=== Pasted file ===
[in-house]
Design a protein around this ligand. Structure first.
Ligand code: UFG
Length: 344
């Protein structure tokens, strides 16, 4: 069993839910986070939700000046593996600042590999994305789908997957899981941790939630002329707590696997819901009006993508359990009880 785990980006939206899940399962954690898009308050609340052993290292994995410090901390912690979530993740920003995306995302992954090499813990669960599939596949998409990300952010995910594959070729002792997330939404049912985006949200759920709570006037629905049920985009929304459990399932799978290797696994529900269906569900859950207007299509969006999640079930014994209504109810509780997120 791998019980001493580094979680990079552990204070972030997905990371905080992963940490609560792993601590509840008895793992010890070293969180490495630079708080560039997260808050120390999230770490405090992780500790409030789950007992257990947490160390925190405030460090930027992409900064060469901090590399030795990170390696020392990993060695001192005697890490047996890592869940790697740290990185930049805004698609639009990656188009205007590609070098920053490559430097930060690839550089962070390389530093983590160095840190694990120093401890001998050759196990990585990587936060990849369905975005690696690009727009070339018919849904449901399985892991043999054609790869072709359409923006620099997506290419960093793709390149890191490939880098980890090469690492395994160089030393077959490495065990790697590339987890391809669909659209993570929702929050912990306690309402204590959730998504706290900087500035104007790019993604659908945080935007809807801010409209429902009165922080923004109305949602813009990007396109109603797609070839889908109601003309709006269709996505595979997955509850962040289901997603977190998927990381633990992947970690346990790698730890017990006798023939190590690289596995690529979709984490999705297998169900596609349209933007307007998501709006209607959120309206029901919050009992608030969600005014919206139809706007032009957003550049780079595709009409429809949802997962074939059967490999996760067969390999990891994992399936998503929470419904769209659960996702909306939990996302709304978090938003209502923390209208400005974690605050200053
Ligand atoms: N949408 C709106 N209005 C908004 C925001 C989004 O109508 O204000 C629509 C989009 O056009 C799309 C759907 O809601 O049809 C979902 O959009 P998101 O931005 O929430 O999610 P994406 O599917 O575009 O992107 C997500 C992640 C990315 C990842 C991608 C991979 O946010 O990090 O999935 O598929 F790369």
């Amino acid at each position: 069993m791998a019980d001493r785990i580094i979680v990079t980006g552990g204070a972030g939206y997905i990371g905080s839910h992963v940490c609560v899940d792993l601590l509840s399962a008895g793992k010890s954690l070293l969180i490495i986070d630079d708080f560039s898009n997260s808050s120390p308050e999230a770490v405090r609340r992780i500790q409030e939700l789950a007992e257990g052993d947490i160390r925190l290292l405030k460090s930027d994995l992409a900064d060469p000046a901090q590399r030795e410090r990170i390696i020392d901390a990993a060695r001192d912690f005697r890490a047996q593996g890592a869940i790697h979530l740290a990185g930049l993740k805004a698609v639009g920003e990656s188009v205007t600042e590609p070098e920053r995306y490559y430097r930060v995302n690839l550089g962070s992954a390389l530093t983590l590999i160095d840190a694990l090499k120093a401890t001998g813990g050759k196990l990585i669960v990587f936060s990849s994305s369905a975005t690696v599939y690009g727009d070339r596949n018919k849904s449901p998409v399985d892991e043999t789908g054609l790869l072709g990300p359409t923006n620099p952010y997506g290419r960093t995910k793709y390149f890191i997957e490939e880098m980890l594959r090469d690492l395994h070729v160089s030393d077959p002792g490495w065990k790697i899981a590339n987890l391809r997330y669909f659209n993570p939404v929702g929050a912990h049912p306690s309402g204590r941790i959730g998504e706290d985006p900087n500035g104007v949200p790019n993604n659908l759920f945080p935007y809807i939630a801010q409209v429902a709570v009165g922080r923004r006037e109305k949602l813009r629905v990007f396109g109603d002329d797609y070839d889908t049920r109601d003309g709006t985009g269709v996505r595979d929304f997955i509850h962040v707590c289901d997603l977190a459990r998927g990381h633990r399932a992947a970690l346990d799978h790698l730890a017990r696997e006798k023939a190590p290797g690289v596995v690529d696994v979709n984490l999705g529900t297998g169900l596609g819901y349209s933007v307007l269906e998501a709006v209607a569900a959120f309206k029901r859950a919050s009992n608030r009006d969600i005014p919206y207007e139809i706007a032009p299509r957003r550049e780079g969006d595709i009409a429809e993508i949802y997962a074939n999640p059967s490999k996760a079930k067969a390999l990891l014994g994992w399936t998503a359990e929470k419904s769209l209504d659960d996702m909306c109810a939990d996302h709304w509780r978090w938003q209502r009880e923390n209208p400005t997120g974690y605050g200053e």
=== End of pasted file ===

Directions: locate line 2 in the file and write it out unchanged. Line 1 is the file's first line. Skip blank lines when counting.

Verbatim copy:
Design a protein around this ligand. Structure first.